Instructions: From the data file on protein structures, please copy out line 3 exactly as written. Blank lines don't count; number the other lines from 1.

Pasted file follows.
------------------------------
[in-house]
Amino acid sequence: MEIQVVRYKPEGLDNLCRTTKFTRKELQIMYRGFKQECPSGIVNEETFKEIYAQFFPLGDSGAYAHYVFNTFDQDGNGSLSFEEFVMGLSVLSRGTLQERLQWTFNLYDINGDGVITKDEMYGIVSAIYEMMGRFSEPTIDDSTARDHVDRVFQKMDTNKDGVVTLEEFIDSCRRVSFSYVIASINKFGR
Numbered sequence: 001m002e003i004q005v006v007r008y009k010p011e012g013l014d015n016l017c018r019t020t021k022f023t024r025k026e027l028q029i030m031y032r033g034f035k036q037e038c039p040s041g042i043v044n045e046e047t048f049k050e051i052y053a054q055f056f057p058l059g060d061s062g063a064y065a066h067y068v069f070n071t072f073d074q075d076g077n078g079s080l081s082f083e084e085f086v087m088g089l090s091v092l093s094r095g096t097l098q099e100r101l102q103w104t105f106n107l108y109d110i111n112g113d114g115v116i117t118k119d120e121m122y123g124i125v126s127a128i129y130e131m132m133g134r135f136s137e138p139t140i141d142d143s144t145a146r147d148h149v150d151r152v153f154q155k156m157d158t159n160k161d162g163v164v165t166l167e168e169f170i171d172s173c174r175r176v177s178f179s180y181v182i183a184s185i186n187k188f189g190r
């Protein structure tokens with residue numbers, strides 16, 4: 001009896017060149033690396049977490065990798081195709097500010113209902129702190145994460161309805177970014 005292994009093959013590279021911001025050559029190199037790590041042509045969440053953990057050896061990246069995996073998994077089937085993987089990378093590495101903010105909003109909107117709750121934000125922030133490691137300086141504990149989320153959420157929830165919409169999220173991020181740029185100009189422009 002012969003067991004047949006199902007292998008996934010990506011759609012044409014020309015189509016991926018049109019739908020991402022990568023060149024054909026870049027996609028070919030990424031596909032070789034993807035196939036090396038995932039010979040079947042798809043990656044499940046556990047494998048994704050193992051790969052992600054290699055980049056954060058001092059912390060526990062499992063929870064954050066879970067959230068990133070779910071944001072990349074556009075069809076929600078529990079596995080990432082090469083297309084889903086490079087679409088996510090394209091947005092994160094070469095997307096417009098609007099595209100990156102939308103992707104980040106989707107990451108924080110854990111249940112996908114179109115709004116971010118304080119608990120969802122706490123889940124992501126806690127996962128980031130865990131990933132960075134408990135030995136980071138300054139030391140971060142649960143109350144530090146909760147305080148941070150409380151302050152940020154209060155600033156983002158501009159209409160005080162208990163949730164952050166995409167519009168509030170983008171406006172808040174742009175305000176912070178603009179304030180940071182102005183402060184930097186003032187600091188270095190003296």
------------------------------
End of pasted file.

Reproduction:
Numbered sequence: 001m002e003i004q005v006v007r008y009k010p011e012g013l014d015n016l017c018r019t020t021k022f023t024r025k026e027l028q029i030m031y032r033g034f035k036q037e038c039p040s041g042i043v044n045e046e047t048f049k050e051i052y053a054q055f056f057p058l059g060d061s062g063a064y065a066h067y068v069f070n071t072f073d074q075d076g077n078g079s080l081s082f083e084e085f086v087m088g089l090s091v092l093s094r095g096t097l098q099e100r101l102q103w104t105f106n107l108y109d110i111n112g113d114g115v116i117t118k119d120e121m122y123g124i125v126s127a128i129y130e131m132m133g134r135f136s137e138p139t140i141d142d143s144t145a146r147d148h149v150d151r152v153f154q155k156m157d158t159n160k161d162g163v164v165t166l167e168e169f170i171d172s173c174r175r176v177s178f179s180y181v182i183a184s185i186n187k188f189g190r